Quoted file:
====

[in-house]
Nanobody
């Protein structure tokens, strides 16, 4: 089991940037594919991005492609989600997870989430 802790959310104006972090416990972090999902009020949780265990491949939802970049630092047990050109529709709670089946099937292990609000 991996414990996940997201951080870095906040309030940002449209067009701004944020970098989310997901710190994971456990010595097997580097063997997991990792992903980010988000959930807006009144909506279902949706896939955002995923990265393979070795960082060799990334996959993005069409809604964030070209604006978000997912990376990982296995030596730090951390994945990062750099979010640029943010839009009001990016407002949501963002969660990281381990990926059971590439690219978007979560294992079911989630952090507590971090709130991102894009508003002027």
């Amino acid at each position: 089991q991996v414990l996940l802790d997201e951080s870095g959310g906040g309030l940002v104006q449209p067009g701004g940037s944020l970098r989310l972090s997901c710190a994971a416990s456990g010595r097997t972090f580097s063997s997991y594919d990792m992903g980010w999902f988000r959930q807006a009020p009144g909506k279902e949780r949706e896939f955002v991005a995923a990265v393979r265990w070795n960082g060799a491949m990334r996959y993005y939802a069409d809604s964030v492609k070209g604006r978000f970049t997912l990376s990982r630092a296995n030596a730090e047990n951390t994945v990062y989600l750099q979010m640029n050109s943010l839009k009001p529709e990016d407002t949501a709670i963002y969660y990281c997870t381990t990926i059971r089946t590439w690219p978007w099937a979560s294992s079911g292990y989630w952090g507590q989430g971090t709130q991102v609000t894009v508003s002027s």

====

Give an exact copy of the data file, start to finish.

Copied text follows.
[in-house]
Nanobody
């Protein structure tokens, strides 16, 4: 089991940037594919991005492609989600997870989430 802790959310104006972090416990972090999902009020949780265990491949939802970049630092047990050109529709709670089946099937292990609000 991996414990996940997201951080870095906040309030940002449209067009701004944020970098989310997901710190994971456990010595097997580097063997997991990792992903980010988000959930807006009144909506279902949706896939955002995923990265393979070795960082060799990334996959993005069409809604964030070209604006978000997912990376990982296995030596730090951390994945990062750099979010640029943010839009009001990016407002949501963002969660990281381990990926059971590439690219978007979560294992079911989630952090507590971090709130991102894009508003002027």
């Amino acid at each position: 089991q991996v414990l996940l802790d997201e951080s870095g959310g906040g309030l940002v104006q449209p067009g701004g940037s944020l970098r989310l972090s997901c710190a994971a416990s456990g010595r097997t972090f580097s063997s997991y594919d990792m992903g980010w999902f988000r959930q807006a009020p009144g909506k279902e949780r949706e896939f955002v991005a995923a990265v393979r265990w070795n960082g060799a491949m990334r996959y993005y939802a069409d809604s964030v492609k070209g604006r978000f970049t997912l990376s990982r630092a296995n030596a730090e047990n951390t994945v990062y989600l750099q979010m640029n050109s943010l839009k009001p529709e990016d407002t949501a709670i963002y969660y990281c997870t381990t990926i059971r089946t590439w690219p978007w099937a979560s294992s079911g292990y989630w952090g507590q989430g971090t709130q991102v609000t894009v508003s002027s």